We believe the introduction of a harmonisation framework is a positive move, leading to structural uniformity and reduced investor risk, but we expect spreads to continue to diverge across legislations and more reforms to be required.
The credit quality of covered bonds is driven by the creditworthiness of the issuer in addition to the strength of the covered bond legislation. Cover pool assets are strongly influenced by national preference.
The degree of macroeconomic impact and movements in house prices will likely mean the impact on the issuer and the cover pool is not uniform across EU member states.
As such, we do not expect covered bond credit spreads to converge across EU member states for now. This is further supported by the recent fragmentation in peripheral and German sovereign spreads following the ECB’s announcement of interest rate hikes.
Nevertheless, further reviews would build on this first step, likely leading to further uniformity in covered bond structures across the EU.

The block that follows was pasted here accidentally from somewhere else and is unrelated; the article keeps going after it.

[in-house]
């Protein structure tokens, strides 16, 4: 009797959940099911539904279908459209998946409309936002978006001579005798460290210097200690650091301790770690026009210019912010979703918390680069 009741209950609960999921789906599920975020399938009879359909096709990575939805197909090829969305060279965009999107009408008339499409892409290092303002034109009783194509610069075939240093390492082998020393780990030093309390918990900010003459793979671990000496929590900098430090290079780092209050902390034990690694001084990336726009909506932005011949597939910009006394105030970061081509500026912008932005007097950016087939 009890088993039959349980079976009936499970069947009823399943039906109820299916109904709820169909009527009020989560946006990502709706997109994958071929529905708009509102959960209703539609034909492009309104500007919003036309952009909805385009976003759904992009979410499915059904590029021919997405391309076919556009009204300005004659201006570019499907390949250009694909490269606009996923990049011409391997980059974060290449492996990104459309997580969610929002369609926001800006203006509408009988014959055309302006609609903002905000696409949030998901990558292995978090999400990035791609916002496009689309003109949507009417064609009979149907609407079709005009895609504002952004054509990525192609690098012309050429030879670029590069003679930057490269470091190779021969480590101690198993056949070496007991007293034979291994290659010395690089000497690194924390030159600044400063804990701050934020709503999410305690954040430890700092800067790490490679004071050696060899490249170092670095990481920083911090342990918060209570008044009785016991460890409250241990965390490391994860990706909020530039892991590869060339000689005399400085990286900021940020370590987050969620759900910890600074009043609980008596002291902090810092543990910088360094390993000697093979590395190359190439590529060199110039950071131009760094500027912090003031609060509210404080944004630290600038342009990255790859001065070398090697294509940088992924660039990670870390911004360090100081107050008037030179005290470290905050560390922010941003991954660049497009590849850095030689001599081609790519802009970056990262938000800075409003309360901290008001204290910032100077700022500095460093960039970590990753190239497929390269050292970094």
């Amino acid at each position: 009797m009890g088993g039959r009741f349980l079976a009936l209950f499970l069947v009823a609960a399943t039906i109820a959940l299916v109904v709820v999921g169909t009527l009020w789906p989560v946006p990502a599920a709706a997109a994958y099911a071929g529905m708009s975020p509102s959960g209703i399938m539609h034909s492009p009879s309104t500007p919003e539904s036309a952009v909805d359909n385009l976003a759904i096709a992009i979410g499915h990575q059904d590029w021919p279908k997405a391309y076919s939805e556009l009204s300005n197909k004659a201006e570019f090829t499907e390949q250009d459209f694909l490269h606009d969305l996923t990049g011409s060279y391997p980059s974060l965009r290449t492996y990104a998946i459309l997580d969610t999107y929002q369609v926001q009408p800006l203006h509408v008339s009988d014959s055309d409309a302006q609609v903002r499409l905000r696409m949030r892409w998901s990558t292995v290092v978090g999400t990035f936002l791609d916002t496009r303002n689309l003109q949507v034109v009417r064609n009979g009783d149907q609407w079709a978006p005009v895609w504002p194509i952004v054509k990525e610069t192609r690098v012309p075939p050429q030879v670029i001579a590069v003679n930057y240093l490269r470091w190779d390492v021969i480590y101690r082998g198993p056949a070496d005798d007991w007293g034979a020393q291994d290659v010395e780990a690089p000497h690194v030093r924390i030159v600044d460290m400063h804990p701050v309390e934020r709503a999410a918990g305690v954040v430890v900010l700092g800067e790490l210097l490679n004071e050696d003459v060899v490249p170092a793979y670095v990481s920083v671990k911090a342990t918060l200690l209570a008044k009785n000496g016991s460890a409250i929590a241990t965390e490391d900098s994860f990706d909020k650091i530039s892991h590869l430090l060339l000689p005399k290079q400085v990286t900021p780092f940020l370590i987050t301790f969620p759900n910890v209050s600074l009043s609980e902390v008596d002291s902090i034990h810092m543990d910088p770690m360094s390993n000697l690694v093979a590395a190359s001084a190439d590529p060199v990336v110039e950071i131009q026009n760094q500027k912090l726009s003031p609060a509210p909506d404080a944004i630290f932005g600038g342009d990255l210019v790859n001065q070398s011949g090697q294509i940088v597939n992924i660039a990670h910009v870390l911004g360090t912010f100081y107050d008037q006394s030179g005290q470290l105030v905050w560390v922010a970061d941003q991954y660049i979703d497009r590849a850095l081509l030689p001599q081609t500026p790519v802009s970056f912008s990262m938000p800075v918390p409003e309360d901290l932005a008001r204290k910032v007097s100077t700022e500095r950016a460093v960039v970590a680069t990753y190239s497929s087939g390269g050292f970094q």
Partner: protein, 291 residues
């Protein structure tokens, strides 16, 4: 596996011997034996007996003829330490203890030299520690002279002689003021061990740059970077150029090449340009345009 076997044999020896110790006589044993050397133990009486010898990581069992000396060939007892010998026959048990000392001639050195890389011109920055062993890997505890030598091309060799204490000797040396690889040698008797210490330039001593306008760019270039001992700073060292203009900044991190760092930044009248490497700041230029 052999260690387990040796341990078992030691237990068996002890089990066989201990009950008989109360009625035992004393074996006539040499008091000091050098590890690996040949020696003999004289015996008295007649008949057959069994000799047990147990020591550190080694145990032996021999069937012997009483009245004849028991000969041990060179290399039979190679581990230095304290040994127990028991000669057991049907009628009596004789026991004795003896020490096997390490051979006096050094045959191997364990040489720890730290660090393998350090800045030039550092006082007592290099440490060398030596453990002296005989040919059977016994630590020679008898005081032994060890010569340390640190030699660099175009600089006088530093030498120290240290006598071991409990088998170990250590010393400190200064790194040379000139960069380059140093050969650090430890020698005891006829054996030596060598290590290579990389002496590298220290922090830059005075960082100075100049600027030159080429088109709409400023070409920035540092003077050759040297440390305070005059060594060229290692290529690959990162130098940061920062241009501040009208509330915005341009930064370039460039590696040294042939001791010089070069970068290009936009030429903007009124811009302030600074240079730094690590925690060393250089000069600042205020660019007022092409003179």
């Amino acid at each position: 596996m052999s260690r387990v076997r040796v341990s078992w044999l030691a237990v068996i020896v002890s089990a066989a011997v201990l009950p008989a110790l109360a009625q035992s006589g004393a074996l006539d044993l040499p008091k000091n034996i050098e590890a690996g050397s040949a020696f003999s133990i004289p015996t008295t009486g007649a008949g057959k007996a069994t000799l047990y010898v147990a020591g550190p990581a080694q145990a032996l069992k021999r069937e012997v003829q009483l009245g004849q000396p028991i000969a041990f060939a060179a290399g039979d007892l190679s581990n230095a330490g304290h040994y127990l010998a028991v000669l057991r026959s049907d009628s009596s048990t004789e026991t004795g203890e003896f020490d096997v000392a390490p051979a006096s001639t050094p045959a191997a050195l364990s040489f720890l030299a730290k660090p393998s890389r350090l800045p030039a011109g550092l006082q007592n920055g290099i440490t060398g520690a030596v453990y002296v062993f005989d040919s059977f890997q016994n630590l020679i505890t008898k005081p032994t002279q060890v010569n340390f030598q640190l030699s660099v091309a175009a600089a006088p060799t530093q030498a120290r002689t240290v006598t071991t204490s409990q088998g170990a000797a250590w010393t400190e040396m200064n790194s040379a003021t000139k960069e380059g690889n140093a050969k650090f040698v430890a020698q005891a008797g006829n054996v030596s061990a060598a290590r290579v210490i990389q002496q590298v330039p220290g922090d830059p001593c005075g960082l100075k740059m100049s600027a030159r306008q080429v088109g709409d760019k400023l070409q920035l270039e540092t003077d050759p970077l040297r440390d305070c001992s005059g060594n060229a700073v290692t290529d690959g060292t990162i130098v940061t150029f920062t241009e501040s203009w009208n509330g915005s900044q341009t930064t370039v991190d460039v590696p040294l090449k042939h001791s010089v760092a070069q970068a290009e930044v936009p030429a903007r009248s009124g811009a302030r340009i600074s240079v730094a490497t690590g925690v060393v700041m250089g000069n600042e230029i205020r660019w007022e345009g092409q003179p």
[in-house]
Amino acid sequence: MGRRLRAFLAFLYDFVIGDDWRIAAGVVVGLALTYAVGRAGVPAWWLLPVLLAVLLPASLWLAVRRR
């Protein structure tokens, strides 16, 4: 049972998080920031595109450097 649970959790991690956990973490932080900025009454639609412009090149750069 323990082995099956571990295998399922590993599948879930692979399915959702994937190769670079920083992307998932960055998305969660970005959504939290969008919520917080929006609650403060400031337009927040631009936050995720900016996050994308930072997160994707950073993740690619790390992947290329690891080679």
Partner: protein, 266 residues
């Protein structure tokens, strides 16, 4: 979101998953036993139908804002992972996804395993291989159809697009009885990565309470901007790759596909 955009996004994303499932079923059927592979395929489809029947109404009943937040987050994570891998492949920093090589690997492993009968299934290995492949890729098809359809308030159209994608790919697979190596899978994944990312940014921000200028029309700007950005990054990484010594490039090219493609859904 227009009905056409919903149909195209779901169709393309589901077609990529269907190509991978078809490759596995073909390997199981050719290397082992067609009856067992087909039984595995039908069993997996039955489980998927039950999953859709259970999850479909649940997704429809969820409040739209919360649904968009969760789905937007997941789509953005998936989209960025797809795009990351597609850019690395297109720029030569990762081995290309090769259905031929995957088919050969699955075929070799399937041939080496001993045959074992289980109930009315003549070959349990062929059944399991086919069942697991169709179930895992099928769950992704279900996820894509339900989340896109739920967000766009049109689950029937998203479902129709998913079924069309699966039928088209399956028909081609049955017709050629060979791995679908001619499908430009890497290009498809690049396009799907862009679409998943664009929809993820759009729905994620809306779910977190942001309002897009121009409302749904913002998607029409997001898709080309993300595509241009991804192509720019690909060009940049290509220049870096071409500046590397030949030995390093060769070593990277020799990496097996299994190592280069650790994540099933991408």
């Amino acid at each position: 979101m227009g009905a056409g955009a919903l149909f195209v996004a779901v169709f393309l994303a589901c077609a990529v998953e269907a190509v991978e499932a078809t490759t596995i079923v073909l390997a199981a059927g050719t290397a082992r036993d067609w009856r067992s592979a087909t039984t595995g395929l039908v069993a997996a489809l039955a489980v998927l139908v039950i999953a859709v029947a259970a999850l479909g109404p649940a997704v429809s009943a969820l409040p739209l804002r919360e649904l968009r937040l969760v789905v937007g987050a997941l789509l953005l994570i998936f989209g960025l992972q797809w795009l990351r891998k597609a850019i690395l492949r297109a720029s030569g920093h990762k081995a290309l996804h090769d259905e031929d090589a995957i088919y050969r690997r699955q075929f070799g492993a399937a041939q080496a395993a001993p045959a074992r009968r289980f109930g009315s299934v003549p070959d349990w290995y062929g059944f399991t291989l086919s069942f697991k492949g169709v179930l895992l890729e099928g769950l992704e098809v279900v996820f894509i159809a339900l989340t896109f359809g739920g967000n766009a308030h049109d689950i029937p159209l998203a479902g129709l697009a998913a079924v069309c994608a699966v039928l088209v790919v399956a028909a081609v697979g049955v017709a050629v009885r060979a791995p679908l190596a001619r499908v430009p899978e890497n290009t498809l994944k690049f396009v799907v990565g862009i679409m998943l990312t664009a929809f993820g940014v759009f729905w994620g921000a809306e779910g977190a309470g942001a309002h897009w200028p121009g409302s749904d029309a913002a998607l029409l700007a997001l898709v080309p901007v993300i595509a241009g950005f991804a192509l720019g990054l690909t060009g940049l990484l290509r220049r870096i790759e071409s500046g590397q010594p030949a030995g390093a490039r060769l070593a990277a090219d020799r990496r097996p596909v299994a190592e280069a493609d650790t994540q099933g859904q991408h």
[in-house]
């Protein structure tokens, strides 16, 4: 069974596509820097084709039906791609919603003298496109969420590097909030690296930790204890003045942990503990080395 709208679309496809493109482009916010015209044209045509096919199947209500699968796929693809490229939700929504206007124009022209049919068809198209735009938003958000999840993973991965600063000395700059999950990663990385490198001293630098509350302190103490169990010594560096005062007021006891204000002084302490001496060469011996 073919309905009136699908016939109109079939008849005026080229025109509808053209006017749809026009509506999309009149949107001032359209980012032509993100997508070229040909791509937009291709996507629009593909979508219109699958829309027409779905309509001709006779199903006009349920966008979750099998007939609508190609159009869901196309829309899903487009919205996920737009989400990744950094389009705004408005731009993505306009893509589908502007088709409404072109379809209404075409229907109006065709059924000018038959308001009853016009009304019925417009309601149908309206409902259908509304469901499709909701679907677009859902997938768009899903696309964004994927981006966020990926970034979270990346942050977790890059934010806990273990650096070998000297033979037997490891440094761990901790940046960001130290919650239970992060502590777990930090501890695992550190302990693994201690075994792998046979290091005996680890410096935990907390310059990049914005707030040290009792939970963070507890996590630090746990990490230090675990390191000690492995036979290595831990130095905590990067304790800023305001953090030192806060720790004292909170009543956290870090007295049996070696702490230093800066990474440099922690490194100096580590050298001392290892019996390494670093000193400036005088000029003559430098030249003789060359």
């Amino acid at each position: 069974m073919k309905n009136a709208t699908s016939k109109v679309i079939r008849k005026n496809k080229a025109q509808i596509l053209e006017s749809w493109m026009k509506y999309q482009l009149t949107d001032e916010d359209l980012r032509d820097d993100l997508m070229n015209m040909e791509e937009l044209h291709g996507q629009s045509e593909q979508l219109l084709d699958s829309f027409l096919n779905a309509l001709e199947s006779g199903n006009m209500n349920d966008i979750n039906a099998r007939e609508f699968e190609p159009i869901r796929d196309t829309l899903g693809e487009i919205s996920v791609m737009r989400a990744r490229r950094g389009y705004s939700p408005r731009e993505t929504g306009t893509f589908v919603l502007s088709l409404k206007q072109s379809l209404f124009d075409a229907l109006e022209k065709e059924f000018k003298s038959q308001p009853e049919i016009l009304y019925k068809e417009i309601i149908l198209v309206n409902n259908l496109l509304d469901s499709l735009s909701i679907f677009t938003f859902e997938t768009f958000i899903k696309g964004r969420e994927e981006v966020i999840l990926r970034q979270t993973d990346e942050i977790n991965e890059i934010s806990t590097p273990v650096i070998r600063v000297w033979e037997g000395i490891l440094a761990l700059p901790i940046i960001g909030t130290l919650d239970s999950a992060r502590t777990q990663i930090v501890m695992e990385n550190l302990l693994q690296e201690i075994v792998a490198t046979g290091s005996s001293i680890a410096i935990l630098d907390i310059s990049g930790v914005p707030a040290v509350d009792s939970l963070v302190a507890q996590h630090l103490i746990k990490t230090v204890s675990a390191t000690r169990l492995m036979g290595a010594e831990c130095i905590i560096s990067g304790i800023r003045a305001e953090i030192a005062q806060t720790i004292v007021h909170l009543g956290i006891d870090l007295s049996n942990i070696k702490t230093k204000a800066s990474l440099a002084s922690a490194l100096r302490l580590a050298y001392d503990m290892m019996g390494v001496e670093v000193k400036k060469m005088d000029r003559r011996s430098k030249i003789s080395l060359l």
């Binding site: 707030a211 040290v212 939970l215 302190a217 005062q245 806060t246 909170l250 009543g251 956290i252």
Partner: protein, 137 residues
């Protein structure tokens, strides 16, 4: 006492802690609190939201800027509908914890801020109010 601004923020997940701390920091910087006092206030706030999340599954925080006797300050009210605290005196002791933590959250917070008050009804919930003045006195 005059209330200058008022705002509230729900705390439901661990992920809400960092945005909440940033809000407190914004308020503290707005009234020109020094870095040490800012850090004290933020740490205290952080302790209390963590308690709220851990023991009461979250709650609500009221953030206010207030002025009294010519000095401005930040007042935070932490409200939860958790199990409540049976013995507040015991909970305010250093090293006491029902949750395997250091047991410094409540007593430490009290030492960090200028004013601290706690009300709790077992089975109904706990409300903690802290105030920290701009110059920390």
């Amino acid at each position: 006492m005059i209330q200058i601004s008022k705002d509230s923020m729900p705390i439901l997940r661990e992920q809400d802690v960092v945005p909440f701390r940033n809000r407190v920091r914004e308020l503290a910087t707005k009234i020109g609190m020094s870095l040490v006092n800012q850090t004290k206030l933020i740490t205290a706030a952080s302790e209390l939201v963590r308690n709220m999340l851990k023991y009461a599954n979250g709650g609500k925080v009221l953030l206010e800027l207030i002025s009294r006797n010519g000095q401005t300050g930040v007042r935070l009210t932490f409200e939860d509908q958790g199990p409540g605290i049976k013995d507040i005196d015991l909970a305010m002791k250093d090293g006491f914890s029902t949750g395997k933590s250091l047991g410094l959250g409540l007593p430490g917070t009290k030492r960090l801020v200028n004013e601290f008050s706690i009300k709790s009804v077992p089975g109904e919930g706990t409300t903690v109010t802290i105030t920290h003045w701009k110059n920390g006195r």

How Acuity Knowledge Partners can help
Covered bonds are generally treated as safe investments given their superior credit ratings, indicating low risk levels. However, considering low default risk as homogenous along with “home bias” could make investors miss out on rightfully assessing credit risk and the diverse opportunities present in the markets. We have been supporting asset managers invested in covered bonds globally. The team combines qualitative and quantitative fundamental credit research with technological solutions that not only improve our speed to market, but also provide actionable insights. The team is supported by access to long-serving in-house sector and asset-class experts.
Scope Ratings, Helaba Research, Nord/LB Research, EC, ECBC
Covered Bond Quarterly: Q1 2022
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About the Author
Anshul Sehgal has over six years of work experience in investment research, with a focus on European banks. He currently supports the credit research desk of a global investment bank. The work involves staying on top of regulations, estimating issuance, tracking ratings and identifying trade opportunities across the debt stack. He holds an MBA from IIM Raipur and a bachelor's degree in Technology from MSIT, GGSIPU.